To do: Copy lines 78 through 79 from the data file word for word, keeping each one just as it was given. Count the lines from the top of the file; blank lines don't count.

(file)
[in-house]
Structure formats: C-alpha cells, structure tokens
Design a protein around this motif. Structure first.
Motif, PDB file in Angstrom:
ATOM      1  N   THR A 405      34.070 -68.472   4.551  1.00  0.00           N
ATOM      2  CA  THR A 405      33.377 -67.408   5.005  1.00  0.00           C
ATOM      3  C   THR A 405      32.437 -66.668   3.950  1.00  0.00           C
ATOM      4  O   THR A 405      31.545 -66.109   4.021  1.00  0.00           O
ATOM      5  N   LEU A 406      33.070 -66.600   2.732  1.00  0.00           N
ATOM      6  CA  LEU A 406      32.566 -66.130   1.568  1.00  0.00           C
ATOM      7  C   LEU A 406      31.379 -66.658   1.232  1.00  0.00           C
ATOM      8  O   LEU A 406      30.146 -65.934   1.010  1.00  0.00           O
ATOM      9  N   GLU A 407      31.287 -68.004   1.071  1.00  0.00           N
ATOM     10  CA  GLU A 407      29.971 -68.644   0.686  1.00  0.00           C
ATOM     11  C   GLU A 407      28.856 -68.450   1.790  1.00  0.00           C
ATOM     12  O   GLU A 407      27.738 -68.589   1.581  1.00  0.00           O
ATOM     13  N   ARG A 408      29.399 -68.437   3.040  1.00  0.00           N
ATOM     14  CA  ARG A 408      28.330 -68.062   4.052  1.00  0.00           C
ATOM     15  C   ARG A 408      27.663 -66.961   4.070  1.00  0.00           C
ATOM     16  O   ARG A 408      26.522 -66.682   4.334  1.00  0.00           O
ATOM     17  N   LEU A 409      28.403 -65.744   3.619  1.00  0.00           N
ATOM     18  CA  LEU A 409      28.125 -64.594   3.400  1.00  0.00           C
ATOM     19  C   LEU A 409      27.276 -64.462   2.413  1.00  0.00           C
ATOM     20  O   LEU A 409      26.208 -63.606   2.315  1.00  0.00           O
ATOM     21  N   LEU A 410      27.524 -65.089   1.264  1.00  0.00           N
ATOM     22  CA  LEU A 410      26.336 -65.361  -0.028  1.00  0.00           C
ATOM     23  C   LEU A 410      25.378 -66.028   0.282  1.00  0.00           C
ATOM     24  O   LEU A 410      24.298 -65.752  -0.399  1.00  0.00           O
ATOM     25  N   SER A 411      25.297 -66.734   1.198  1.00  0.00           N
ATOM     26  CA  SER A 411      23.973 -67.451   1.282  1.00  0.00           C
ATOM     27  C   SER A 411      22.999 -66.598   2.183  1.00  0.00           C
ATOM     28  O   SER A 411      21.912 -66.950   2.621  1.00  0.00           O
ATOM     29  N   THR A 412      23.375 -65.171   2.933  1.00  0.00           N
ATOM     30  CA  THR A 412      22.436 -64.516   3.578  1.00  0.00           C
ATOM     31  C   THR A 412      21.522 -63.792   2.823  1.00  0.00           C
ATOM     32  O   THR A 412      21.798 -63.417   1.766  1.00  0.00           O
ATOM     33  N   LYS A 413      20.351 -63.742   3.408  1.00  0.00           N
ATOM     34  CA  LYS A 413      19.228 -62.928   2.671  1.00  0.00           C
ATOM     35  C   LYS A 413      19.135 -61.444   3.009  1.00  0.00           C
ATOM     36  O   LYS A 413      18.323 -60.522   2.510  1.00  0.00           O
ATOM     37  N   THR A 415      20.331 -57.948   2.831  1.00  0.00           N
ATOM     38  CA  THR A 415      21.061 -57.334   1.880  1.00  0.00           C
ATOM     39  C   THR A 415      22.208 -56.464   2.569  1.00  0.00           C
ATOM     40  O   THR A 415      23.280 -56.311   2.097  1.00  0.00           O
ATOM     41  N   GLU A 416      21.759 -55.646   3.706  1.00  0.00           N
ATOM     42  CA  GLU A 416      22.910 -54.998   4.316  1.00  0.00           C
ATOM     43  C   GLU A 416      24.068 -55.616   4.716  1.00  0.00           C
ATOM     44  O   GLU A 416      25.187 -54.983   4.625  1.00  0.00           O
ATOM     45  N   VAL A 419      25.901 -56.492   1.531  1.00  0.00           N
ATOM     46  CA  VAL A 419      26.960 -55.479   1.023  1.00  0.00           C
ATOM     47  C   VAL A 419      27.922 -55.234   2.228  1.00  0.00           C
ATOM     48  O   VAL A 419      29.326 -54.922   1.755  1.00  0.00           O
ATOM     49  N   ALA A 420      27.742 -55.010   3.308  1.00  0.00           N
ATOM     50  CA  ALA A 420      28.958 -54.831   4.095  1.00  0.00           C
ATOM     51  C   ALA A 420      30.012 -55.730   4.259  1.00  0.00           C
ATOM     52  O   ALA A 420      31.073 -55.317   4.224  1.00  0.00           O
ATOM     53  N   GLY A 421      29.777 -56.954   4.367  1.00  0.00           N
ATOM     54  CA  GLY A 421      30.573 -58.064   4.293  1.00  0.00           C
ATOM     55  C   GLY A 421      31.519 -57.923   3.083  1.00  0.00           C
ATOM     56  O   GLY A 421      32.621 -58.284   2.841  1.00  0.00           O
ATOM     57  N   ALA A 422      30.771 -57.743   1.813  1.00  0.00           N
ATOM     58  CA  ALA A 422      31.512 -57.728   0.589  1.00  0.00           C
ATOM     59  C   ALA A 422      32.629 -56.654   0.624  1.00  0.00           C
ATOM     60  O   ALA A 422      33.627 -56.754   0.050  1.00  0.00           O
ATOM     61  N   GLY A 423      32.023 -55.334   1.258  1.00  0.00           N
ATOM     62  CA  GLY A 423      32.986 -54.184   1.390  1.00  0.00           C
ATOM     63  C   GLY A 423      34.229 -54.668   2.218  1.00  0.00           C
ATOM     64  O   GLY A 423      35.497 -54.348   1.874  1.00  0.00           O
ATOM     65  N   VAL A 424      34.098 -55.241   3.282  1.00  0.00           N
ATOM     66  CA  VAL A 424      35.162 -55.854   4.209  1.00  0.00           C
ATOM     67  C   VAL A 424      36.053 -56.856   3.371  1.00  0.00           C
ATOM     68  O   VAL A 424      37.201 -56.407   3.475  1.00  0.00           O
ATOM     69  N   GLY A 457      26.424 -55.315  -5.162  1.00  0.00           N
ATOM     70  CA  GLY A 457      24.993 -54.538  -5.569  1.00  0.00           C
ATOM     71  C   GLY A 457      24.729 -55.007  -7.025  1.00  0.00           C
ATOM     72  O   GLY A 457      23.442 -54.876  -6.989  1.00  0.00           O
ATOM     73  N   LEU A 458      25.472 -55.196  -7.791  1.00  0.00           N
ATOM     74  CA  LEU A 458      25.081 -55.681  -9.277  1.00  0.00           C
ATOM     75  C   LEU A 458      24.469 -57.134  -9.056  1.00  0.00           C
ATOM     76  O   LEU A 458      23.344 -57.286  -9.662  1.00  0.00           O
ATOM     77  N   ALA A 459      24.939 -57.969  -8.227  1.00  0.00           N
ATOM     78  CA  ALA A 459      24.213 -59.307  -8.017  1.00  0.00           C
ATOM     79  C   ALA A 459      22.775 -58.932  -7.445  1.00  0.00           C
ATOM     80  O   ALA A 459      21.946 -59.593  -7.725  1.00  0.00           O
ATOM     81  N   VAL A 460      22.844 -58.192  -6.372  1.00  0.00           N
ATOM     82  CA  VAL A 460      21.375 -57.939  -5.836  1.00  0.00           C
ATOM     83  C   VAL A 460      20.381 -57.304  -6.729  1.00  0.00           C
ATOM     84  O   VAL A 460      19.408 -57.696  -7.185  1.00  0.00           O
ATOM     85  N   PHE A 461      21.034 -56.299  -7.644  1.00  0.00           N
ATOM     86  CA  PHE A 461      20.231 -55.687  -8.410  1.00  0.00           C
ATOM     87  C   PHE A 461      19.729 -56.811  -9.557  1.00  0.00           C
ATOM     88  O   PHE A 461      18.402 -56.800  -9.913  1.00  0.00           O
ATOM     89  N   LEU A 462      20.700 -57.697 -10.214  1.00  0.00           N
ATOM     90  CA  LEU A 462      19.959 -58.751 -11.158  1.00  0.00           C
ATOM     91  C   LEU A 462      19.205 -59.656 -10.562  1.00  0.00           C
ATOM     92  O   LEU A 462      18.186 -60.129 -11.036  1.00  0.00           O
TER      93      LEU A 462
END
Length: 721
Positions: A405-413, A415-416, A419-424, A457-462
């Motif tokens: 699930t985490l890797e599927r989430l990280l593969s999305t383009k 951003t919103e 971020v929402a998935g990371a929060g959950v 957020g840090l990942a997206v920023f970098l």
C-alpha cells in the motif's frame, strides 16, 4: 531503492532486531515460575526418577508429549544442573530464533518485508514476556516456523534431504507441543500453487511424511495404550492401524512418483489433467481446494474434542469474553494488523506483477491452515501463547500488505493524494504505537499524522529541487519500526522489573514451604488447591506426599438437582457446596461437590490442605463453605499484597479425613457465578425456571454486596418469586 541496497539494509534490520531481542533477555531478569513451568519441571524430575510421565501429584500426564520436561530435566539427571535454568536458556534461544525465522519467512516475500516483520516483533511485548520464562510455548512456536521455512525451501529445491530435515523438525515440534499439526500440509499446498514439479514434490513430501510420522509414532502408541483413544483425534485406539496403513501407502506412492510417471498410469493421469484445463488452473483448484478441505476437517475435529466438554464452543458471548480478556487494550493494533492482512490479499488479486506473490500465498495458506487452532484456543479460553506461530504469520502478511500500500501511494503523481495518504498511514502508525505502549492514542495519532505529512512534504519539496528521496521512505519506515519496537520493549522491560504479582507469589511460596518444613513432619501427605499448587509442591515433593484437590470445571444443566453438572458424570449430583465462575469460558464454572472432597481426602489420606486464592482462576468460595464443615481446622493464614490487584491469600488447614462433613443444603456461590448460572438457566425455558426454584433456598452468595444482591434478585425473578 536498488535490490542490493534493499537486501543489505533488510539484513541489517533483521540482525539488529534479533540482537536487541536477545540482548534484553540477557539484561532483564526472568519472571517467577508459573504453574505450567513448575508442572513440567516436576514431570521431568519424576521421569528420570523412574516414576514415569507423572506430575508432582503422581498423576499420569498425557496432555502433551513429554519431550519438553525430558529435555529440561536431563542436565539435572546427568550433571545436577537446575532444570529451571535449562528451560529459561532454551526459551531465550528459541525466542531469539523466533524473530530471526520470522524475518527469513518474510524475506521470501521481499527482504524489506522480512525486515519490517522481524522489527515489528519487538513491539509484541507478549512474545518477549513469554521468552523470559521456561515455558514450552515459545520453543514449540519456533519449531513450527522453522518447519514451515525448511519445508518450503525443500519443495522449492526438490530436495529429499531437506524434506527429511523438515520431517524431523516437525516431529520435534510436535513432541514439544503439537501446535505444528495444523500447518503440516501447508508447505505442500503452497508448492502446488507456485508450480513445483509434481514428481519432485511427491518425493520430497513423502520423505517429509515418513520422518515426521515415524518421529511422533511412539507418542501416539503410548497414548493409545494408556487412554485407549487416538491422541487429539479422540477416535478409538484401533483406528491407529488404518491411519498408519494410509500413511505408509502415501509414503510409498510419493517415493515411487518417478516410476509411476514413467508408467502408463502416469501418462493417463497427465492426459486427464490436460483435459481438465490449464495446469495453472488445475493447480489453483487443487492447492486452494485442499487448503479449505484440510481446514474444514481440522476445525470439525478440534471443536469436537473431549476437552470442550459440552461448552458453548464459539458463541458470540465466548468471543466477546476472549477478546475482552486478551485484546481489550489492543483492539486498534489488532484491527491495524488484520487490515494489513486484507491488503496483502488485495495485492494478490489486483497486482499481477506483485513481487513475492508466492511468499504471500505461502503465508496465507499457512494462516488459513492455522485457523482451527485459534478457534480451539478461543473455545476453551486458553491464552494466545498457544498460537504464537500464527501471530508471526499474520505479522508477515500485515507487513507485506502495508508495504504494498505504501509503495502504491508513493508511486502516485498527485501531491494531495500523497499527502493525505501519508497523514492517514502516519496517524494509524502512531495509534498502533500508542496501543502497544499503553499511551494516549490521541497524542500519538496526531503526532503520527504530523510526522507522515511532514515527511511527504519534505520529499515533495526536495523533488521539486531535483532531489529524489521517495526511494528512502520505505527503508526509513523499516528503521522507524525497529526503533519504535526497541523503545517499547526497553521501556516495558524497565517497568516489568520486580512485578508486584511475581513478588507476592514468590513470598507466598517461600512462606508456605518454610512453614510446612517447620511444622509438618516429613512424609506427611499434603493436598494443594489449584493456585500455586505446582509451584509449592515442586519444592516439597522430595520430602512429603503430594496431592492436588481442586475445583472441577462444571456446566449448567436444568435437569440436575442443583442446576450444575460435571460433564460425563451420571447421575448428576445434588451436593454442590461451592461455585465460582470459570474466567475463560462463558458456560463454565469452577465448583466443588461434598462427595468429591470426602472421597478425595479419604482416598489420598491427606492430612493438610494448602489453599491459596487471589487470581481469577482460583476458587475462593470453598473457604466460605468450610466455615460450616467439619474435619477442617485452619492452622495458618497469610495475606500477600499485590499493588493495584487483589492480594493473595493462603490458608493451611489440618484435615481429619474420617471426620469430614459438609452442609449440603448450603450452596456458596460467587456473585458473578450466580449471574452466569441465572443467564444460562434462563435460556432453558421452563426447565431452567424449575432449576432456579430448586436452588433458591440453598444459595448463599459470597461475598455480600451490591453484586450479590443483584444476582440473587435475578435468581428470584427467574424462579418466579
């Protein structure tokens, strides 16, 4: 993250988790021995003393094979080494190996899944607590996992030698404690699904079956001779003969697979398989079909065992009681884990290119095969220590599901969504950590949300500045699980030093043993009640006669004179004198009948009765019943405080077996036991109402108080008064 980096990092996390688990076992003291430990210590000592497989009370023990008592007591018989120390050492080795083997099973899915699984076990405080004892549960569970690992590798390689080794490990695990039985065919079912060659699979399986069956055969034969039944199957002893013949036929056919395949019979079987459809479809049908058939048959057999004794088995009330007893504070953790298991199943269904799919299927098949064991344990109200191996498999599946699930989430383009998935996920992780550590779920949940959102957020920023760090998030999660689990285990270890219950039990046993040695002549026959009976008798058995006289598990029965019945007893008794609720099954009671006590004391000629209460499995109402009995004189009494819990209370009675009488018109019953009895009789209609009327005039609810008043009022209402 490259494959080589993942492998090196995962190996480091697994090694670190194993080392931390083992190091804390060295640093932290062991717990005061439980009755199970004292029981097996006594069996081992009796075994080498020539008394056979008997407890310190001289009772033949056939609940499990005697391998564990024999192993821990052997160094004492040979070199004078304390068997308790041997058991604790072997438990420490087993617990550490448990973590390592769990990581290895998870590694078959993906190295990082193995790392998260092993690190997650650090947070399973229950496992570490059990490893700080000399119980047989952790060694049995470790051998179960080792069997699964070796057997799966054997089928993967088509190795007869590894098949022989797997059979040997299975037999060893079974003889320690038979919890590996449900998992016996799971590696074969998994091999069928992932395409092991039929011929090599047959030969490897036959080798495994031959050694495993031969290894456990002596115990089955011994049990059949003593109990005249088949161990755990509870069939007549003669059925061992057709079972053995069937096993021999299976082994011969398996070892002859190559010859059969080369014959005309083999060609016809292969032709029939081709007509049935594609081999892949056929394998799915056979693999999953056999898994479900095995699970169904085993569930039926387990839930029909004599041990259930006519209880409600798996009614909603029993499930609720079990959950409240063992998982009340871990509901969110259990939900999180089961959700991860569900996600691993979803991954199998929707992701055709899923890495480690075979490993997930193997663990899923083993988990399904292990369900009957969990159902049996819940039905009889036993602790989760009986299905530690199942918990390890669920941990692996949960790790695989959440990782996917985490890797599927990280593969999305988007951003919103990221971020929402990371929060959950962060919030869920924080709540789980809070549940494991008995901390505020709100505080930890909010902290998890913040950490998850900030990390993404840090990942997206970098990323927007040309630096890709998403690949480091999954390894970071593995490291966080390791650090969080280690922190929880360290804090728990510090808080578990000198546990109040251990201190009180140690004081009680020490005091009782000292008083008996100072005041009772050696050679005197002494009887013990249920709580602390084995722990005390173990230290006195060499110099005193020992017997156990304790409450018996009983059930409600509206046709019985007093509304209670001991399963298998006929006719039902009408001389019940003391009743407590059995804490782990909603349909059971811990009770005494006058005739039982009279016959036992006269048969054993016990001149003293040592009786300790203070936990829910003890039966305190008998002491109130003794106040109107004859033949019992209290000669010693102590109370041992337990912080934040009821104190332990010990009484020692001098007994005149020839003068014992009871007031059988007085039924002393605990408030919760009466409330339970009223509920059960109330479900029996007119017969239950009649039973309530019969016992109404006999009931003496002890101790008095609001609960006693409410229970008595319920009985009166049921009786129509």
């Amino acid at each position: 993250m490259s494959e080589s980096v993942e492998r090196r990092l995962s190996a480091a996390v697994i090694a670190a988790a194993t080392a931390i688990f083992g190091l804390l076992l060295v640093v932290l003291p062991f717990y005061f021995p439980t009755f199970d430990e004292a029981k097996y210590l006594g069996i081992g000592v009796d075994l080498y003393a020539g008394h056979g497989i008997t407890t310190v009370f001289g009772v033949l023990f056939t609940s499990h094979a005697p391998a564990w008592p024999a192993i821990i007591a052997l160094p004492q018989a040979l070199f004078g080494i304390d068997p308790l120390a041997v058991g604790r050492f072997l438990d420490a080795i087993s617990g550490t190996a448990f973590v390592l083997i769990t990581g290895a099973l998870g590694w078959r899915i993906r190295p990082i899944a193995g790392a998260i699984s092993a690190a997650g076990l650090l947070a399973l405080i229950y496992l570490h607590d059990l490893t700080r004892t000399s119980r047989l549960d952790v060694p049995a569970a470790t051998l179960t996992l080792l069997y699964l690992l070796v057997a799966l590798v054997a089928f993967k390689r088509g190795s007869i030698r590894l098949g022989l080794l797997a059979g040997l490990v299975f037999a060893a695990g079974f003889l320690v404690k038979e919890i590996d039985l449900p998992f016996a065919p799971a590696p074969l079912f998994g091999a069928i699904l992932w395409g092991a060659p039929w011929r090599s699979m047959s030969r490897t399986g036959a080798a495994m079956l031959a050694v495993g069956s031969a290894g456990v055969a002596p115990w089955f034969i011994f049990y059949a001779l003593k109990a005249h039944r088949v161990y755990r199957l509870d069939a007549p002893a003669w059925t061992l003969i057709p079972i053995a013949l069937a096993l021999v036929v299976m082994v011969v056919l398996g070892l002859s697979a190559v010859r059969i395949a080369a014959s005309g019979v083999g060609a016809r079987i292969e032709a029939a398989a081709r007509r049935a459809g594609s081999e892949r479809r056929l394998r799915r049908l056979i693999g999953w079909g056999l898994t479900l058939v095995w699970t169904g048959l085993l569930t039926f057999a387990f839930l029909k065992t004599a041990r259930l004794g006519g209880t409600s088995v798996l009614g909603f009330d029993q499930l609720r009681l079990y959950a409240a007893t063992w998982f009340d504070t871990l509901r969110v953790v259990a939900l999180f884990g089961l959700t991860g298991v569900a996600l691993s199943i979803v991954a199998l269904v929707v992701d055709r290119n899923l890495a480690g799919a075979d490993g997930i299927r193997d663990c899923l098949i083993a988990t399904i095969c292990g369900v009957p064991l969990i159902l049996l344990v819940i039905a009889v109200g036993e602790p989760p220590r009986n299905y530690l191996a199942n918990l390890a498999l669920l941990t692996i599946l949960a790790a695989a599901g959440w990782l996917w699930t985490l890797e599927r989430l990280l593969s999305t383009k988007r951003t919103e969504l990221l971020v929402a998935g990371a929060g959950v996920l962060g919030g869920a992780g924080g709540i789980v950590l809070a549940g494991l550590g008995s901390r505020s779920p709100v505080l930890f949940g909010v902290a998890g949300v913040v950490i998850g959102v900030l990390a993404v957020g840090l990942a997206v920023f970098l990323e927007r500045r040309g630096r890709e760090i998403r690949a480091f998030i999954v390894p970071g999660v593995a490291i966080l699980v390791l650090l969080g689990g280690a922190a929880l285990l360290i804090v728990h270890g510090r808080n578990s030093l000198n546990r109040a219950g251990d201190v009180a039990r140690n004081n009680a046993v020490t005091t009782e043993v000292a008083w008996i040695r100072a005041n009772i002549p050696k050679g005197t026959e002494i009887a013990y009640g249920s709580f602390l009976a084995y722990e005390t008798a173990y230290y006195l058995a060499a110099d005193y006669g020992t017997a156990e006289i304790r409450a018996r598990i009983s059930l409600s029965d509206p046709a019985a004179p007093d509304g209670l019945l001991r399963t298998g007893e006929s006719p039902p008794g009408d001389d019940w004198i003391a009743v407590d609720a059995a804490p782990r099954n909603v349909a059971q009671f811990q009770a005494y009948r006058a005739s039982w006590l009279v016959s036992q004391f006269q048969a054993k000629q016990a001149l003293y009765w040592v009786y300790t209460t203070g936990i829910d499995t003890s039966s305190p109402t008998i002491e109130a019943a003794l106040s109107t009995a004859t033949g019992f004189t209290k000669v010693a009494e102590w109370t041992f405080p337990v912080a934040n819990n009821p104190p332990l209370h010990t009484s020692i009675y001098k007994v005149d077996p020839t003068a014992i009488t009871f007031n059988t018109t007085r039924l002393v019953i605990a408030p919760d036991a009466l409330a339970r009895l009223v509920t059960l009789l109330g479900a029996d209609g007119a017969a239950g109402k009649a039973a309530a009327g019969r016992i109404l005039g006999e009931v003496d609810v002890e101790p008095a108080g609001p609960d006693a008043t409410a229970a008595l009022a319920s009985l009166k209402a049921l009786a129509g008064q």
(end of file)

ATOM     74  CA  LEU A 458      25.081 -55.681  -9.277  1.00  0.00           C
ATOM     75  C   LEU A 458      24.469 -57.134  -9.056  1.00  0.00           C